Steven L. Taylor
About Steven L. Taylor
Steven L. Taylor is Professor of Political Science and Dean of the College of Arts and Sciences at Troy University. His main areas of expertise include parties, elections, and the institutional design of democracies. His most recent book is the co-authored A Different Democracy: American Government in a 31-Country Perspective. He earned his Ph.D. from the University of Texas and his BA from the University of California, Irvine. He has been blogging since 2003 (originally at the now defunct Poliblog). Follow Steven on Twitter

Comments

  1. Jay L Gischer says:

    Yeah, it always seemed that the Republican Party was the reason America didn’t do stuff like this. Apparently that was never a priority among the voters? Or maybe the current set of R voters is very different than the R voters of 20 years ago? They don’t seem to be fighting him very hard.

  2. HankP says:

    At some point the preference for emotional bluster and bullshitting over reasoning and expertise is going to cause a big problem. It’s seriously damaged the US reputation for being a self-interested but consistent partner in negotiations, which people don’t appreciate until it’s gone.

  3. Kit says:

    When we say that Trump has “unveiled” a bailout, does that really mean the Congress has allocated money?

    I think this was worth highlighting from the NY Times article:

    The Federal Reserve Bank of New York said on Thursday that Mr. Trump’s tariffs will cost the average American household $831 annually.

  4. OzarkHillbilly says:

    This policy is one of those areas that makes intelligent commentary difficult as one ends up wanting to simply wax into snark.

    Sarcasm, it beats killing people.

    Even if one thinks that the basics of global trade need restructuring, or if one has a more nationalistic view of trade policy, one still has to see how reckless and inefficacious this all is

    We are talking about Republicans here Steven, so no.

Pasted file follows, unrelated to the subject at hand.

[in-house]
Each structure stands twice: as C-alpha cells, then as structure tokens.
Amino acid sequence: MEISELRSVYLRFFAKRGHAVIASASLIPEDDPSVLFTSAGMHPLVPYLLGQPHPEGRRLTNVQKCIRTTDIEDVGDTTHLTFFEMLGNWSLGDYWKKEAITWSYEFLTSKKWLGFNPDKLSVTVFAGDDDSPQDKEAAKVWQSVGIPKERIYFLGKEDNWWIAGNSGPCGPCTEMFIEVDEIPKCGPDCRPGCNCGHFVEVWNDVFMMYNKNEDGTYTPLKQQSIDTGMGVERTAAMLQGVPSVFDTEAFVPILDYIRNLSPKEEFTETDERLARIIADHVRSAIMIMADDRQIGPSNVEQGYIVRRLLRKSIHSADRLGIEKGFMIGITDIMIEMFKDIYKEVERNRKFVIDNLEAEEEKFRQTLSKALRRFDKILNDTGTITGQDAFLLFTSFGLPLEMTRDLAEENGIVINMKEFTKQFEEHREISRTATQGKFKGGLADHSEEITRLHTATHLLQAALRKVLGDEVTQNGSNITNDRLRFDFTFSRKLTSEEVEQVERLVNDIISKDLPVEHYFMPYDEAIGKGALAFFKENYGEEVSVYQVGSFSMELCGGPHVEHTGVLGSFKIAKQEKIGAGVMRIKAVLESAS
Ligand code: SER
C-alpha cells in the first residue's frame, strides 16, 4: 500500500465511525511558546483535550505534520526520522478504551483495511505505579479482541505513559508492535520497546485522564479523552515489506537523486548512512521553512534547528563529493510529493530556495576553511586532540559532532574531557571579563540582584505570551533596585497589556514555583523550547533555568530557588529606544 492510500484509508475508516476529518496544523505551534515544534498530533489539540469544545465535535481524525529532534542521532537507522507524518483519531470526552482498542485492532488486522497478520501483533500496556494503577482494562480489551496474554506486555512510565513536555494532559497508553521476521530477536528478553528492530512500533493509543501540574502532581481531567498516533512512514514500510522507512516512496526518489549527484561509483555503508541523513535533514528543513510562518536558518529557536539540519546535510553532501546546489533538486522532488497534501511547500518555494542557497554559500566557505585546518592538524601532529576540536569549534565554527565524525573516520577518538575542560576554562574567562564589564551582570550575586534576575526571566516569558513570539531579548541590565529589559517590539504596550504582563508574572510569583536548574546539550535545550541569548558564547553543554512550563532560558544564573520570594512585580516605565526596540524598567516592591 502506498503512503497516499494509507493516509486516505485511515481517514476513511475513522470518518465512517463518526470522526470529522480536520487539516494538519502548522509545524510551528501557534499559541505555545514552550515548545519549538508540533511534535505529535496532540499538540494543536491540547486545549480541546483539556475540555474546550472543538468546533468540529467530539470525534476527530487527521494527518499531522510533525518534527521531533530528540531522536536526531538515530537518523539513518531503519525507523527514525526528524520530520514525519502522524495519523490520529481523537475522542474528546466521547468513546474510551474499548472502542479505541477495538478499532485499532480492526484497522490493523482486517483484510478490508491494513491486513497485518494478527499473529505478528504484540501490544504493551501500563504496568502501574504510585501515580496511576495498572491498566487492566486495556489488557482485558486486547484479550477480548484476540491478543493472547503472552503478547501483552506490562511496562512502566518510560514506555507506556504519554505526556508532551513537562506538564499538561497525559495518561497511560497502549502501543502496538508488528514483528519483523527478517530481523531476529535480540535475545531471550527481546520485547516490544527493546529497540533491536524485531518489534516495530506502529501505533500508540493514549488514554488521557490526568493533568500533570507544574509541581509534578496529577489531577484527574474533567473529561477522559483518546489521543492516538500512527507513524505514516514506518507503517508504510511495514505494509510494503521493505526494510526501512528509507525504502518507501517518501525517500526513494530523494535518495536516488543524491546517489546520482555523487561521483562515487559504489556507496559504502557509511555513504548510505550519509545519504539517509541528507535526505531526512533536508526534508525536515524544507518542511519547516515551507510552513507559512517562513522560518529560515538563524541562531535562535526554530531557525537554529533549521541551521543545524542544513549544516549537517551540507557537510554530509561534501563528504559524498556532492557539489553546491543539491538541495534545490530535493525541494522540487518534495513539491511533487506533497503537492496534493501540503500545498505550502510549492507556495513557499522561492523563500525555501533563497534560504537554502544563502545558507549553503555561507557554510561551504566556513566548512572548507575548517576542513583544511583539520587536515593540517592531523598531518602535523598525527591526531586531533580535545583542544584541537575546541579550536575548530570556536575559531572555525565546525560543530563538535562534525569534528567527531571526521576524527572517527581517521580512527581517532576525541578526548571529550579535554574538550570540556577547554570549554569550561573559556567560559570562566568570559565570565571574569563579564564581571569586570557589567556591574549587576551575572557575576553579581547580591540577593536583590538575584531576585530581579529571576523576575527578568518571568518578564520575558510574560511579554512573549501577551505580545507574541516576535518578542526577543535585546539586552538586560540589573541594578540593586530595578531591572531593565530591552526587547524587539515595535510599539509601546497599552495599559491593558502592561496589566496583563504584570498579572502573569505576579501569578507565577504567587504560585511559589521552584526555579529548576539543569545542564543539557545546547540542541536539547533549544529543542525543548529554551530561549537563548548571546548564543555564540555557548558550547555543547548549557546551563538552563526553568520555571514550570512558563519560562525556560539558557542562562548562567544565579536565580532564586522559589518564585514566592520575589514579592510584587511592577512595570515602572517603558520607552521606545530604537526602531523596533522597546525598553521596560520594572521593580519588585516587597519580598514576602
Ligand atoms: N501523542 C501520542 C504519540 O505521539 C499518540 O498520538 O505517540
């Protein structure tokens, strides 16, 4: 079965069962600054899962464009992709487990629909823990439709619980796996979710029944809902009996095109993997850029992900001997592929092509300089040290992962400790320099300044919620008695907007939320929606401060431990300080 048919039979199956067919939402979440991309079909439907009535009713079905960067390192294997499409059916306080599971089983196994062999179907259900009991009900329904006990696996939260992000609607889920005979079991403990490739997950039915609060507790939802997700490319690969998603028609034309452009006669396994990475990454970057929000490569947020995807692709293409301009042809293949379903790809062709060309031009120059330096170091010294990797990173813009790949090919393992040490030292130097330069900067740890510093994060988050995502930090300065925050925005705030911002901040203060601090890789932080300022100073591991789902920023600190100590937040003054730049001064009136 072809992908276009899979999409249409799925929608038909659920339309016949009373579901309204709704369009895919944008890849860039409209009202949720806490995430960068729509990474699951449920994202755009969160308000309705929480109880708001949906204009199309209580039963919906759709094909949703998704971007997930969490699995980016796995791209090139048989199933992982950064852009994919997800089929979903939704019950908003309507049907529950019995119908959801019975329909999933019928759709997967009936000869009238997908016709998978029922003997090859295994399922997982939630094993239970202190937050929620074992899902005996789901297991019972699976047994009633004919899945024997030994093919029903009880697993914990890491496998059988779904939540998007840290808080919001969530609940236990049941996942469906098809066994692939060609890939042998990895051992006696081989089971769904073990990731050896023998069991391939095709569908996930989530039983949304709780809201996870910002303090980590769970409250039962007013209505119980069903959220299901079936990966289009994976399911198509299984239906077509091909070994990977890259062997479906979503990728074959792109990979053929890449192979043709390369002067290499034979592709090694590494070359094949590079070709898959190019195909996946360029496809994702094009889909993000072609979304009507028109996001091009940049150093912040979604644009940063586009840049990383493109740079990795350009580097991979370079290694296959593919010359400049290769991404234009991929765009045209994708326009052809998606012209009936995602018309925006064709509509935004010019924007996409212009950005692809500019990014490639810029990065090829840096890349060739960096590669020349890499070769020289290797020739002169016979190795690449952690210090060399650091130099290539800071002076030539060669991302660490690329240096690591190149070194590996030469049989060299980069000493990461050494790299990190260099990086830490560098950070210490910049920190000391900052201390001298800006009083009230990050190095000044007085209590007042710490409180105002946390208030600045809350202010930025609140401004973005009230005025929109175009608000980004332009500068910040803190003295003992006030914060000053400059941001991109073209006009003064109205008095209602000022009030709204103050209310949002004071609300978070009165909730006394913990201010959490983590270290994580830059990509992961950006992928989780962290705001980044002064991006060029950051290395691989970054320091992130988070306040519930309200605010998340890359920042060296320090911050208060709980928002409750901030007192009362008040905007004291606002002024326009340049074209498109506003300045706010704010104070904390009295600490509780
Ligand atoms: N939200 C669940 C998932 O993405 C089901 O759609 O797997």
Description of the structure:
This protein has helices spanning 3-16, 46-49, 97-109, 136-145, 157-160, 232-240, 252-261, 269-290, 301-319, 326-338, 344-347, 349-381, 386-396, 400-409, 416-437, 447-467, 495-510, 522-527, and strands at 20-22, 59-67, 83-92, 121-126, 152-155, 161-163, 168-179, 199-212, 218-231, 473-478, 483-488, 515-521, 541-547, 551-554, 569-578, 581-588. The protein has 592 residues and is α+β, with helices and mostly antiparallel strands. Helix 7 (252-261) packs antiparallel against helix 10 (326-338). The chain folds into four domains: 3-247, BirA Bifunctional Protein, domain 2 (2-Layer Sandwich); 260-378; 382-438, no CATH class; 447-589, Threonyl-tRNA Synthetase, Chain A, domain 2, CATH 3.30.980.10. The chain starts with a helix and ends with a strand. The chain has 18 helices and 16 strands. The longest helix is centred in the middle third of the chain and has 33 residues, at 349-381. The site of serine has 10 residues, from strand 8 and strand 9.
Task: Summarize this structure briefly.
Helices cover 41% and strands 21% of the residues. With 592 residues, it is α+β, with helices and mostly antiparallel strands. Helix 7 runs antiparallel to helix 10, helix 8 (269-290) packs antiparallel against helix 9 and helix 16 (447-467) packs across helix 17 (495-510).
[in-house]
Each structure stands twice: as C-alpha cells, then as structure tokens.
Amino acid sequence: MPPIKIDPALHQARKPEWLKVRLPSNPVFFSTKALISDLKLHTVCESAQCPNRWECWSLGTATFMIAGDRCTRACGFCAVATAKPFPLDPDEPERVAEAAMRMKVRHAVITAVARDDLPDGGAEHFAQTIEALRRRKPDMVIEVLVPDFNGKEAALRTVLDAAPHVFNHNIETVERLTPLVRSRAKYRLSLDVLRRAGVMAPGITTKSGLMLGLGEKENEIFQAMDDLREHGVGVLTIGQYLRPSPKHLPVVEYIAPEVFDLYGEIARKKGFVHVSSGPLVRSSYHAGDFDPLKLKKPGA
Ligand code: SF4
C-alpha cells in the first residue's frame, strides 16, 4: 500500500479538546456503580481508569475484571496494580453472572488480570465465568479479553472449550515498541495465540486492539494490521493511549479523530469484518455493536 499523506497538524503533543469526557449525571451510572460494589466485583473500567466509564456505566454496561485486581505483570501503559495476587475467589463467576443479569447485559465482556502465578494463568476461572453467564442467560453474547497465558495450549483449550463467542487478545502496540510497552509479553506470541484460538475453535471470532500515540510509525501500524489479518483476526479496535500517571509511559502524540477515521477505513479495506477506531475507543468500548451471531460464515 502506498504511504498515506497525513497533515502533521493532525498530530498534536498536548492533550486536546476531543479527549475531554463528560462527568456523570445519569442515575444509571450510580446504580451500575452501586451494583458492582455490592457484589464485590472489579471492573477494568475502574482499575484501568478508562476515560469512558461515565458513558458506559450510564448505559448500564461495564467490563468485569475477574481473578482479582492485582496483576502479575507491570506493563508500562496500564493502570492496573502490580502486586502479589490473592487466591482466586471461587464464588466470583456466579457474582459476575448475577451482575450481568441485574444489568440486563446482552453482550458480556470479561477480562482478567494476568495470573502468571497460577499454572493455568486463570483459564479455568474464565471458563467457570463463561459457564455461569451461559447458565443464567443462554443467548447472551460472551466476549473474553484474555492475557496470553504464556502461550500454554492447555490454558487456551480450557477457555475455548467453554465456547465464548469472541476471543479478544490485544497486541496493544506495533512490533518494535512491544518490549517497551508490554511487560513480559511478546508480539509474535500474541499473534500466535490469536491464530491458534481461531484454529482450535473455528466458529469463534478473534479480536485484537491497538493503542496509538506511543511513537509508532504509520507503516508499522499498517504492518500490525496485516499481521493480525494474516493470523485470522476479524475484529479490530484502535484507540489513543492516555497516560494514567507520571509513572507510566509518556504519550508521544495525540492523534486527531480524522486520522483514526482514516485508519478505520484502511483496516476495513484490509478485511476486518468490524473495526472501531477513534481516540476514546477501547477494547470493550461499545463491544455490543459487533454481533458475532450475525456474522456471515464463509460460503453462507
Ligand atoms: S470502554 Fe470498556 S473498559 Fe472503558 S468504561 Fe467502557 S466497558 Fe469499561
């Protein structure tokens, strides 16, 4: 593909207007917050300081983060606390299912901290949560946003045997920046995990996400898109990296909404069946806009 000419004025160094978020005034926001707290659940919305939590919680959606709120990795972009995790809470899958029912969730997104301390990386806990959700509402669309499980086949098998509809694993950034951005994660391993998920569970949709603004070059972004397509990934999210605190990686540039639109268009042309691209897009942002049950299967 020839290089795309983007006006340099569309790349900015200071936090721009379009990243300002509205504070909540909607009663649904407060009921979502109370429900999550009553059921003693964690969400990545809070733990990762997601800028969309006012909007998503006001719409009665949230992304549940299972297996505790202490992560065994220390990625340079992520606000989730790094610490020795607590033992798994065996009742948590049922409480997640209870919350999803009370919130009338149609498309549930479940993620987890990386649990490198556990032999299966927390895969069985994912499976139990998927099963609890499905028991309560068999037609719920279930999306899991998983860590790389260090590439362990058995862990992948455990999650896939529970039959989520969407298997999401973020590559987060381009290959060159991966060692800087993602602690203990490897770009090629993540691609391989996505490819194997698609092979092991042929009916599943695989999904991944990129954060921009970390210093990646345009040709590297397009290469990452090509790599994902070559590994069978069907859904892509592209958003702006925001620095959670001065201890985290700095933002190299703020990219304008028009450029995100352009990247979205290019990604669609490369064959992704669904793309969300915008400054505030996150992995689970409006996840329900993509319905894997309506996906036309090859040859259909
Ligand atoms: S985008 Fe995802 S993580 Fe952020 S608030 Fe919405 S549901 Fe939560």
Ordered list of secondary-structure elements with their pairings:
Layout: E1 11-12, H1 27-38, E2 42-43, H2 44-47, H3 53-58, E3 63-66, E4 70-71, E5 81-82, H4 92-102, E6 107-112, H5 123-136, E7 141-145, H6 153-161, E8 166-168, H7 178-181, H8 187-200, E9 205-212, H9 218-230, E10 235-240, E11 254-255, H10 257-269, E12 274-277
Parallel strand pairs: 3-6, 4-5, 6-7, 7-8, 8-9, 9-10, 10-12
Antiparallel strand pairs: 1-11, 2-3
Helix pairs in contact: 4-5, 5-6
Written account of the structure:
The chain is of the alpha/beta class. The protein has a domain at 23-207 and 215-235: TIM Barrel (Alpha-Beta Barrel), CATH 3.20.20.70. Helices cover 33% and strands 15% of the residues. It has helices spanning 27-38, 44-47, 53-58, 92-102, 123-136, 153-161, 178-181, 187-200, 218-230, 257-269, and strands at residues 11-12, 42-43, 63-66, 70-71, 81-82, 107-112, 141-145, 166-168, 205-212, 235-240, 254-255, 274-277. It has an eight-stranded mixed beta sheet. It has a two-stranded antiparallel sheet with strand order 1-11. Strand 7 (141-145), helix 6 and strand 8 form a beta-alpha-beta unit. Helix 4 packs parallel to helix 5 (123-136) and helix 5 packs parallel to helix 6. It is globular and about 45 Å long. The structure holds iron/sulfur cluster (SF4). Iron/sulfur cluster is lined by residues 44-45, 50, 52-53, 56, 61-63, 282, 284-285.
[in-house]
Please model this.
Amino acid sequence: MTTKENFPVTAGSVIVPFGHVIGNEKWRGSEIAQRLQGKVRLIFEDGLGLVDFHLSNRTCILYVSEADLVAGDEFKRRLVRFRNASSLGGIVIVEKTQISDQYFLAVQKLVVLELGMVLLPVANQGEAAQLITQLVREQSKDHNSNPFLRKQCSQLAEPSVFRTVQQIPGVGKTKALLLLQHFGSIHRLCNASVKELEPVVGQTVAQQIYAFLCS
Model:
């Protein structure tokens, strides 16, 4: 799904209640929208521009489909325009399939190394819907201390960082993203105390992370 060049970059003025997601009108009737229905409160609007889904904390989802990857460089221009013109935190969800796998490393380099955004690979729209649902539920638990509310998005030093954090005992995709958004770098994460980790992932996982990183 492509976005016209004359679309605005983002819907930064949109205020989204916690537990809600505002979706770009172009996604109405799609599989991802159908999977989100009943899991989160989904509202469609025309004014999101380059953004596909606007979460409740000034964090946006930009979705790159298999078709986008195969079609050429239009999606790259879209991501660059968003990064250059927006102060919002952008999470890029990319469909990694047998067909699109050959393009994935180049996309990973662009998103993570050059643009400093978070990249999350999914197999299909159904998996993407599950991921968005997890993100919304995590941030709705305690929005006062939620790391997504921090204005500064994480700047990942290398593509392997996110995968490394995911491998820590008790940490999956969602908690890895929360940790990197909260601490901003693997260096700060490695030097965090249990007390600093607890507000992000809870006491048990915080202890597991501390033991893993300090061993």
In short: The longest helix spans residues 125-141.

5. @Kit:

    When we say that Trump has “unveiled” a bailout, does that really mean the Congress has allocated money?

    It is not a new congressional action (there is no way he could get the House to agree to this). He is using preexisting emergency powers for these actions. Of course, he is the source of the emergency.

  6. Kit says:

    @Steven L. Taylor: I thought that with his wall, Trump declared an emergency and then diverted funds from elsewhere. Is something similar happening here? I’m basically wondering where this money comes from.

  7. @OzarkHillbilly:

    We are talking about Republicans here Steven, so no.

    I am struggling to balance the fact that there are partisan filters that affect the way many view these things and the knowledge that there are people who vote Republican who are capable of assessing actual evidence if they will allow themselves to do so.

  8. @Kit:

    I’m basically wondering where this money comes from.

    Here is the basic answer: USDA Announces Details of Assistance for Farmers Impacted by Unjustified Retaliation.

  9. Pete S says:

    @Steven L. Taylor: “Unjustified Retaliation”? I had to follow the link to see that was a real thing. It sounds like the logical pretzel you need to twist yourself into when you start a (trade) war and believe it is wrong for the other guy to fight back.

  10. @Pete S: Yup. Trump’s corrupting influence over the US government is seen in that headline, since it is an official USDA link.

  11. Andre Kenji de Sousa says:

    @Jay L Gischer: